Euthanasia can come in a variety of five forms and it is important to know the distinctions among them. The main types that euthanasia encompasses are first voluntary euthanasia which refers to when a person has selected and specified that they wish for their life to end and have taken measures to say as such (What). Normally this is done through an Advanced Directive which is created ahead of time so that if a person becomes unable to make medical decisions (such as in the cases of coma, dementia and other debilitating afflictions) their wishes and thoughts will be made in their stead (qtd. in Bonin). The other main procedural type is non-voluntary euthanasia, which transpires when the death has neither been requested nor consented to (this is also typically in cases of coma and dementia). This form of euthanasia is the one that is most strenuously fought against and worries the anti-euthanasia proponents the most as it is the type that most closely resembles murder (and could even possibly qualify as such).
There are two procedural ones with the first being passive euthanasia, which is where any life-sustaining surgeries, equipment (including respirators) or treatment are ceased or withheld; passive euthanasia is generally acceptable by law and the majority of religions as it is not seen as deliberately ending a life but instead not trying to use extra measures to prolong it. The second procedural type is active euthanasia, which is where an individual’s death is caused purposely and through specific actions (qtd. in Bonin). The last type of euthanasia is euthanasia by omission, which results through the planned causation of fatality through the withdrawn or suspended lack or essentials necessary to life (Bonin; What). This is different from passive euthanasia because it involves not providing shelter, food and water which are essential for everyone to live and are not considered “extras” as a respirator or other machine (as in the case of passive euthanasia).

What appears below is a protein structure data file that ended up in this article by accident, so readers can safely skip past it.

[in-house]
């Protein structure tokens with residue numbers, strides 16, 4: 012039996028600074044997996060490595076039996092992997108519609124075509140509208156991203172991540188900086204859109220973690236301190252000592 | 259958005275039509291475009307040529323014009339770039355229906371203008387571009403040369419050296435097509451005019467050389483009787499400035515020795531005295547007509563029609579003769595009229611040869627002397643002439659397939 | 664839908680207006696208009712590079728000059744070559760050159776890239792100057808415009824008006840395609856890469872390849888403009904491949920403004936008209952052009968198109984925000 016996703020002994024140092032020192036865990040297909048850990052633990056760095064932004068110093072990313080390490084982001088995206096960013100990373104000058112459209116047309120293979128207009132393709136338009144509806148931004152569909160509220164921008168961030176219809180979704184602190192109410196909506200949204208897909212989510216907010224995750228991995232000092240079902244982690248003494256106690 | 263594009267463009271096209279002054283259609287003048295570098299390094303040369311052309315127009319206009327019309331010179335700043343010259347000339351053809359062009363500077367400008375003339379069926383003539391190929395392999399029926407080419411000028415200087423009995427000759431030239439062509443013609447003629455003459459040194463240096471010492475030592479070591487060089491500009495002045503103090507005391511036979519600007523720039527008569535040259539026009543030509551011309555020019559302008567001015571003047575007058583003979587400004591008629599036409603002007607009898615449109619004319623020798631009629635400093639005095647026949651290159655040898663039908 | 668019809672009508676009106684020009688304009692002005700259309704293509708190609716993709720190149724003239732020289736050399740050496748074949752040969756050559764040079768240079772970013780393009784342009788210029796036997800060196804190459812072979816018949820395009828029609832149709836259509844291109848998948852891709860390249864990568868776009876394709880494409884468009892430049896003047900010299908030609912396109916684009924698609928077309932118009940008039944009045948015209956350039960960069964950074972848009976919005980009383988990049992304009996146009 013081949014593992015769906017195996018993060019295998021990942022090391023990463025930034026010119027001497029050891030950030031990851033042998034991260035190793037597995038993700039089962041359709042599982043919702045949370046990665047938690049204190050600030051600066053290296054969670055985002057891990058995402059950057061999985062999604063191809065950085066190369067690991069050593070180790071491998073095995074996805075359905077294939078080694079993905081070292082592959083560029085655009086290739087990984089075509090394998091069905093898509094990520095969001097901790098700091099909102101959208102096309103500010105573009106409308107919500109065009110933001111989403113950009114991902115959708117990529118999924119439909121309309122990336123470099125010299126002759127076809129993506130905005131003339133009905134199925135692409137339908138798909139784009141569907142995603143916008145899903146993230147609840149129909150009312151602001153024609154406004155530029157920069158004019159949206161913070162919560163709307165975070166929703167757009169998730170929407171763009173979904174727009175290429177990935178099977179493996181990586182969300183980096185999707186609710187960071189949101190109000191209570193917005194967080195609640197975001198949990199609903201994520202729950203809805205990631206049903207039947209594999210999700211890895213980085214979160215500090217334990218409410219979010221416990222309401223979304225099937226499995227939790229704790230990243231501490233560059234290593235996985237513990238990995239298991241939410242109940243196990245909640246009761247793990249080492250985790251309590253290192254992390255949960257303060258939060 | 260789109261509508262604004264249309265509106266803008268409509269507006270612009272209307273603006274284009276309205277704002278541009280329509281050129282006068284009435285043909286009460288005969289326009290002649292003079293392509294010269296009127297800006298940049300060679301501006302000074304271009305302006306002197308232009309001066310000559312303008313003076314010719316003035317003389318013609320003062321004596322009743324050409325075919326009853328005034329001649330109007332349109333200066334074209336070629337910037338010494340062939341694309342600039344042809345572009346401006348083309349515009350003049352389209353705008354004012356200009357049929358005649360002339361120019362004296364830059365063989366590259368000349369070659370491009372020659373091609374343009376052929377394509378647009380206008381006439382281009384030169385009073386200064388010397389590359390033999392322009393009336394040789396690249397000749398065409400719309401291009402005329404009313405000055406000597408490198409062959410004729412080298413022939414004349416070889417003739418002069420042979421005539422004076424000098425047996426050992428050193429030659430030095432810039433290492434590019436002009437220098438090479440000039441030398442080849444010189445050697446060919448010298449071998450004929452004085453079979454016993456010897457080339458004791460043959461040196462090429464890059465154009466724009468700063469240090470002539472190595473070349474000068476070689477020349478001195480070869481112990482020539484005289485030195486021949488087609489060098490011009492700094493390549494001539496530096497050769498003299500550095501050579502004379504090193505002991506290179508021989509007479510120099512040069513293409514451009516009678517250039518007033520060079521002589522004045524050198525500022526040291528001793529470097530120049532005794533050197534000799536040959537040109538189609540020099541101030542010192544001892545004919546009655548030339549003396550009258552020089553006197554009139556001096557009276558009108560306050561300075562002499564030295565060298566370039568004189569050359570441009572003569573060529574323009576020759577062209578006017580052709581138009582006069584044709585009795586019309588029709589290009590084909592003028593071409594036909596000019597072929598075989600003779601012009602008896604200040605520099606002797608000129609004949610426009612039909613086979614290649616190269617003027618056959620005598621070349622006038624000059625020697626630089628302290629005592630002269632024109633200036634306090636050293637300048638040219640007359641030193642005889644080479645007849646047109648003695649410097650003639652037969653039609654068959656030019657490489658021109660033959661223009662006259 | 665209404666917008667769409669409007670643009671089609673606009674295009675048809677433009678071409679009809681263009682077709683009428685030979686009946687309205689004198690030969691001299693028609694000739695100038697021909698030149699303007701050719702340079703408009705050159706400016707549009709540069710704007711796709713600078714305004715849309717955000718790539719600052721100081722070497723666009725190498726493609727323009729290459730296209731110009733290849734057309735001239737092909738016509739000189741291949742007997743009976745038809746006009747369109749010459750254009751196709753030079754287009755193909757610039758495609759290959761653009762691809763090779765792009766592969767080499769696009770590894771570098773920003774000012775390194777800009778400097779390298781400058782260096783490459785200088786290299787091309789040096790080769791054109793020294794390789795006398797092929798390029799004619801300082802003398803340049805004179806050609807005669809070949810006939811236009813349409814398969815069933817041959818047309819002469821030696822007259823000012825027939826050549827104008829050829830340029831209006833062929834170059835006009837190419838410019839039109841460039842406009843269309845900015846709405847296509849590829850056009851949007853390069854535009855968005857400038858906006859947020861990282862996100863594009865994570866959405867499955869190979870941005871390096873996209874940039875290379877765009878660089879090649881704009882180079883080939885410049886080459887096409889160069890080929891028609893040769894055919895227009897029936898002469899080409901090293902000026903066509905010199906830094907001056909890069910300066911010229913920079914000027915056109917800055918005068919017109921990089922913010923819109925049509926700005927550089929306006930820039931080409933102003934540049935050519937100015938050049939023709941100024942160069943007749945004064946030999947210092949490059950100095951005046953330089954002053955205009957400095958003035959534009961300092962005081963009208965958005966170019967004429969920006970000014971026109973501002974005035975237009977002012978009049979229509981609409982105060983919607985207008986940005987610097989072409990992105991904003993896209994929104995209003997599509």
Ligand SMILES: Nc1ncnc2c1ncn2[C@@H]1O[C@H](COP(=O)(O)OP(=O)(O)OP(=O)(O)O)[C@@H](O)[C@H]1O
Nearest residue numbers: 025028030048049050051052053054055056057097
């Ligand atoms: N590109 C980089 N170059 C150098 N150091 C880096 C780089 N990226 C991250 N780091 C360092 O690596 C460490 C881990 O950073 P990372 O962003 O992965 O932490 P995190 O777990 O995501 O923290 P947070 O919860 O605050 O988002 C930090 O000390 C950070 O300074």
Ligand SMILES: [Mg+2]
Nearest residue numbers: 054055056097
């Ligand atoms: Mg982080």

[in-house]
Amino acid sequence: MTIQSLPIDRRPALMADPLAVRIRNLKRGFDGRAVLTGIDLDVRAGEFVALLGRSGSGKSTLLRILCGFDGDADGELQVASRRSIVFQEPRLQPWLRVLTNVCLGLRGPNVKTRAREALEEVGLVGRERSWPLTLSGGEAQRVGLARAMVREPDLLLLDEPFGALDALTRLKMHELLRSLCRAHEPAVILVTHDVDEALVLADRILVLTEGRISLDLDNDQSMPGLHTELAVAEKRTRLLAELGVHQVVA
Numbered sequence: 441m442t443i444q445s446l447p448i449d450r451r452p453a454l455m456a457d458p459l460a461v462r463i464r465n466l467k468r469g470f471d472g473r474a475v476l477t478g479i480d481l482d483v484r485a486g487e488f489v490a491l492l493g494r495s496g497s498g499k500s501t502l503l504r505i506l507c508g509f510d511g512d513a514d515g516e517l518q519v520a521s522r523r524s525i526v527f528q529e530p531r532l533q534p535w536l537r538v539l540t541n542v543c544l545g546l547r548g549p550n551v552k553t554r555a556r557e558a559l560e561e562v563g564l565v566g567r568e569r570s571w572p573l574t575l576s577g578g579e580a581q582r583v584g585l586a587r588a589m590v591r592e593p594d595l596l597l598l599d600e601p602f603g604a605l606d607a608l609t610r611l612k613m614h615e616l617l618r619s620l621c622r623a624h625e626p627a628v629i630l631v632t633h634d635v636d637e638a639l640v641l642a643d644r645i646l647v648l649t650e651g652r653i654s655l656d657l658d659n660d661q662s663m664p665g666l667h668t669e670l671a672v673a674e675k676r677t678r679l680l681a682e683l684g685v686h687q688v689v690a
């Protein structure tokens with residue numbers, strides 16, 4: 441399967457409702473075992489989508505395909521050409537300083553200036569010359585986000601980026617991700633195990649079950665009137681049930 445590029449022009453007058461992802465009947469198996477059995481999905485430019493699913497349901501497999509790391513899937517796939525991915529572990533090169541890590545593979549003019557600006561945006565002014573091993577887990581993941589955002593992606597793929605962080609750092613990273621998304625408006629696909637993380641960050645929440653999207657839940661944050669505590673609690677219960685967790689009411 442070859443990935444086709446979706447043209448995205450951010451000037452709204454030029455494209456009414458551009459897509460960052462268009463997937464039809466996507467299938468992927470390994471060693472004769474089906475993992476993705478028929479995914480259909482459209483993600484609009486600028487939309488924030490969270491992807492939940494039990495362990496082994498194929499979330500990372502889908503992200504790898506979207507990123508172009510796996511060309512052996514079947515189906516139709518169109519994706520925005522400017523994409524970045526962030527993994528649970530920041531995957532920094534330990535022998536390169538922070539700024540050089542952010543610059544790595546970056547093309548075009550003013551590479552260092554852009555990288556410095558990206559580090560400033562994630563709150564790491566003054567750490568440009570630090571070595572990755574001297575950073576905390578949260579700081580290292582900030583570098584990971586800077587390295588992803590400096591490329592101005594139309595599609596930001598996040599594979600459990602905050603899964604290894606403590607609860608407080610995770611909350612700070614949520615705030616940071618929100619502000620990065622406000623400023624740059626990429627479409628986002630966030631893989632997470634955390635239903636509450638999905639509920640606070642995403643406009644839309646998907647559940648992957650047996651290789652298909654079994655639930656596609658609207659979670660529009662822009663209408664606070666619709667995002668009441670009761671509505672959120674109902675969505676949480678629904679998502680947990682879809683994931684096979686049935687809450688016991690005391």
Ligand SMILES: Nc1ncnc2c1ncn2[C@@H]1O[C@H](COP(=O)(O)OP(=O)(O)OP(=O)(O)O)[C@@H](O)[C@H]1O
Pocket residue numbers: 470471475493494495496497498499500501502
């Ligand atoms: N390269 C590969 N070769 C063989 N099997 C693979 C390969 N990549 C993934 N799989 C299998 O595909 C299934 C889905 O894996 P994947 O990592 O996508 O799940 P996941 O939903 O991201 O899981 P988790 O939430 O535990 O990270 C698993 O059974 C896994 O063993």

Currently euthanasia is only legalized in Belgium, Luxembourg, and the Netherlands while assisted suicide is legal in Japan, Germany, Albania, Colombia and Switzerland (as well as in Luxembourg and the Netherlands) .Within the United States, Oregon ,Vermont, Montana, New Mexico and Washington have legalized PAS but none has legalized euthanasia (State). In all of these jurisdictions, certain procedures, safeguards and criteria were developed in order to prevent misuse and abuse. While they vary from place to place they tend to involve several requests to be made to the physician (over a determined time period), a short amount of expected life remaining, a second opinion done by another doctor, a minimum age (with the exception of Belgium which allows euthanasia for minors) and the incident must be reported. Currently in the US, assisted suicide (where illegal) varies in prison time but most sentences are from seven to twenty-five years (What).
Regrettably, the mandatory reporting...